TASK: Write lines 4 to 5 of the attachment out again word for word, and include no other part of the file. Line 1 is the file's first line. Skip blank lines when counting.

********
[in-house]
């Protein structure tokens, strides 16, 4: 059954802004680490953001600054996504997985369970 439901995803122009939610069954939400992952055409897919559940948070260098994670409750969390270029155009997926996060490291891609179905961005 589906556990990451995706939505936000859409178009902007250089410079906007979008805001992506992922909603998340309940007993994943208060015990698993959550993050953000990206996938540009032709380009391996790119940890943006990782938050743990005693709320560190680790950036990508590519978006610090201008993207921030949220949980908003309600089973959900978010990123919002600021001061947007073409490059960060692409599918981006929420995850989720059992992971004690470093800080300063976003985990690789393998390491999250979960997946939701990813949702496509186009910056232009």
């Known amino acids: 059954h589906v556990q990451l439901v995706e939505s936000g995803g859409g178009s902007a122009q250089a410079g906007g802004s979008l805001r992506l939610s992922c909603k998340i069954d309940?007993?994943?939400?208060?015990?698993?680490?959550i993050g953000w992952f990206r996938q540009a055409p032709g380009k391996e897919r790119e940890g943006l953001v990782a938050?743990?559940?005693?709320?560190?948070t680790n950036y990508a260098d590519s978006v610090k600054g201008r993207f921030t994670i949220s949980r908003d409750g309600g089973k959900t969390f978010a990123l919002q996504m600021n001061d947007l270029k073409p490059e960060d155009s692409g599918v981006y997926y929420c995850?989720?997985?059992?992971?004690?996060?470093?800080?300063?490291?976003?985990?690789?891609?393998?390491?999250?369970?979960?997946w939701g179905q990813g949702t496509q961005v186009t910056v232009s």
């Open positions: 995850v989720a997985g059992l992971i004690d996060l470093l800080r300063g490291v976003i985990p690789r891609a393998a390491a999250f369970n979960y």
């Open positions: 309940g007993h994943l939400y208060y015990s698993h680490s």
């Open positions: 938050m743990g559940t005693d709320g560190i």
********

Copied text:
């Open positions: 995850v989720a997985g059992l992971i004690d996060l470093l800080r300063g490291v976003i985990p690789r891609a393998a390491a999250f369970n979960y």
């Open positions: 309940g007993h994943l939400y208060y015990s698993h680490s």